Generations Dental (Formerly Fullwiler Dental) with the same great dentists, specializes in assessing your specific situation and offering a variety of services to ensure that your teeth work the way you need them to work.
Having to visit the dentist every six months may not be the appointment that everyone looks forward to, but it is one of the most important ones to keep. If you have found yourself wondering what the point of having regular dental checkups and cleanings really is, we’ve got something for you to think about.
If you are considering skipping a dental checkup because of cost or another factor like time or dental anxiety, make sure to consider all the risks. What you might end up paying in the long run for not visiting your dentist will likely be much higher, both for your wallet and your peace of mind. Here are some of the most important reasons why you should see your dentist regularly:
1. Oral Cancer Detection
Oral cancer is an extremely serious disease that manifests itself in various ways. Without knowing the signs of its early onset, oral cancer is often not diagnosed and can quickly progress and become life threatening. But thankfully, an early stage oral cancer diagnosis is often easily treatable.
Your dentist is highly trained to recognize these signs and symptoms, and with regular dental checkups every six months the likelihood of catching oral cancer in time is dramatically higher. Recognizing oral cancer in its early stages is key in treating it successfully, and while you may not notice oral abnormalities, your dentist will.
A VELscope Cancer exam is non-invasive, entirely pain-free, is covered by MSP in some cases, and lasts only a minute or two at most. The exam catches invisible signs of dead tissue caused by tumors forming by shining a special light inside the mouth. Takes very little time, totally painless, and could save your life? It’s a no-brainer!
2. Plaque, Tartar, and Cavities
Even with the most diligent daily brushers and flossers, there are still small areas in the mouth that are missed by a regular brushing and flossing. When plaque builds up it becomes more difficult to remove, solidifying and turning into tartar, which is extremely difficult to get rid of without professional help.
Regular dental cleanings prevent tartar from eroding teeth or creating holes in them, which is how cavities are created. Cavities rarely give any warning signs as they form, only resulting in a small ache once the tooth is already decayed. Once the damage has been done, you will have to go back to the dentist to have cavities and other tooth problems filled and fixed. This can all be avoided with regular cleanings that take care of plaque and tartar before it becomes destructive.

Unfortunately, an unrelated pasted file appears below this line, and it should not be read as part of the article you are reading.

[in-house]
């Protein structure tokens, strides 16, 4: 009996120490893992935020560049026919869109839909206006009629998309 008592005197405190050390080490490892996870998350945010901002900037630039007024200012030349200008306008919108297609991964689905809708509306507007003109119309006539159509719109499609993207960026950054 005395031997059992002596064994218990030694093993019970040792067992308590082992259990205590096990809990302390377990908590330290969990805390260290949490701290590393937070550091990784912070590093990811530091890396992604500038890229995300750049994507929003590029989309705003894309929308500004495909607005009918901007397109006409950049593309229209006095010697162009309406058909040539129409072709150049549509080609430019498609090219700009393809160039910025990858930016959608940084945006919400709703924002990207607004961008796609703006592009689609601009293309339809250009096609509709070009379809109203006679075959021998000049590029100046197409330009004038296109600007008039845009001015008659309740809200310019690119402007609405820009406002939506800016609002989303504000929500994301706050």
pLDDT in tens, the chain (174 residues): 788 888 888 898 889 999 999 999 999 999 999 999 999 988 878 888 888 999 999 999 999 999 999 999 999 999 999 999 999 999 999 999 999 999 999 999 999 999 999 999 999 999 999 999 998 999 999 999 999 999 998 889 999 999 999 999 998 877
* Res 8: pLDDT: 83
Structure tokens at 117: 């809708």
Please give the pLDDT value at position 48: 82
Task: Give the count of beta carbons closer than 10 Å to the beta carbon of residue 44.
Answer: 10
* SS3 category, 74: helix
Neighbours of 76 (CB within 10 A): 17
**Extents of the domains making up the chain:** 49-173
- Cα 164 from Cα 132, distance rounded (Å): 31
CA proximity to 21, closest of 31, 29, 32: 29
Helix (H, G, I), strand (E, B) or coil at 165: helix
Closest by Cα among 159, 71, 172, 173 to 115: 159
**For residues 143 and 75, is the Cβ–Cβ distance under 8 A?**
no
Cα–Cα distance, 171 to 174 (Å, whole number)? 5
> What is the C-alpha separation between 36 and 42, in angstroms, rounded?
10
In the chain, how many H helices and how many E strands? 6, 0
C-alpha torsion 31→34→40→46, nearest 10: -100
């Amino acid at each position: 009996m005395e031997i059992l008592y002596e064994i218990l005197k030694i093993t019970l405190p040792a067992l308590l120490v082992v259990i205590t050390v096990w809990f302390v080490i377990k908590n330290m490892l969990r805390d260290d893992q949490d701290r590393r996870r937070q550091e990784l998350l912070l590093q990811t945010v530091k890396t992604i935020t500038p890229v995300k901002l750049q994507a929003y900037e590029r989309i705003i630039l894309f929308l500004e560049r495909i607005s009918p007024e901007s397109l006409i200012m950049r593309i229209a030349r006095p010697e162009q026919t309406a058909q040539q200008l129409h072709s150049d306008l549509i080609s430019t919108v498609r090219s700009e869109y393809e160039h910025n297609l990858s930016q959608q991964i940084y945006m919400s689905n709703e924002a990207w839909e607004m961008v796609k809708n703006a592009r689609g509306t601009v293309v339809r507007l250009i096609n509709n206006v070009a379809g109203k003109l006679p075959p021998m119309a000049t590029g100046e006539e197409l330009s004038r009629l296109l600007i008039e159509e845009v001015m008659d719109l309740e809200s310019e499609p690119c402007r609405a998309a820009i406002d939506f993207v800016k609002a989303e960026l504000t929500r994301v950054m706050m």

A cleaning appointment is also more affordable than getting a filling, so if money’s tight you should make sure not to miss the cleanings!
3. Gum Disease
Plaque and tartar buildup not only cause tooth decay but can also erode the mouth’s gum tissues. This happens when tartar buildup causes an infection where the gum is connected to the tooth, making the gum pull away from the tooth. This infection is known as gingivitis and as it progresses the tissue that attaches gums to the teeth breaks down.
Once it reaches this point it is officially gum disease, and only at this point will there likely be any swelling, bleeding, or soreness in the mouth. Along with the breakdown of gum tissue, gum disease also causes a breakdown of the bone that holds teeth in place. At this point it is common to see teeth loosening or falling out altogether and drastic treatment methods will have to be taken by a dental specialist.
Not only do specialists require more appointments and likely a blow to your wallet, but treatment of gum disease, depending on the severity, can include surgery, extremely deep cleaning, and medication. To avoid all of this, regular dental cleanings are essential in catching and addressing gingivitis before it gets out of hand.
4. Keeping Bad Habits in Check
There are many bad habits that can have a negative impact on your oral health, some of which you may not even realize are causing issues. Some of these habits include chewing ice, biting your nails, clenching your jaw, grinding your teeth, eating particularly sticky or hard sweets, brushing your teeth too hard, drinking coffee and red wine, and of course smoking.
When you go for regular dental checkups, your dentist can check for any oral damage caused by these or other habits which you may otherwise not have noticed. Being informed about specific destructive habits allows you to change or alter your lifestyle choice to prevent further damage. Visiting the dentist allows you to fix the damage that has already been done, and help your oral health be the best it can be.
5. Find Problems Under the Surface With X-Rays
A crucial part of visiting your dentist every six months is getting your teeth and jaw bone x-rayed. X-ray images allow dental professionals to see what is happening beneath the surfaces of your mouth, and can find and diagnose issues that may be invisible to the naked eye. Problems like this can include impacted teeth, which are growing teeth that are blocked from pushing through the gum line, as often seen in wisdom teeth.
Damage to the jawbone can also be pinpointed as well as any bone decay, swelling, cysts, or tumours, all of which are impossible to actually see without x-ray imaging. Finding these or any other major oral issues as soon as possible is critical in order to properly treat them.
Especially with destructive diseases that show little to no symptoms but progress quickly, up-to-date x-rays and bi-annual checkups are the best way to keep on top of your health.
6. Head, Neck, and Lymph Node Checks
In addition to checking your mouth, gums, and tongue for signs or oral cancer, your dentist will also check your neck, jaw, and lymph nodes, located just below your jawline, for any swelling, lumps, or other abnormalities. If an abnormality is found it could be a sign of a major health issue, and your dentist will alert you to it and refer you the appropriate medical professional.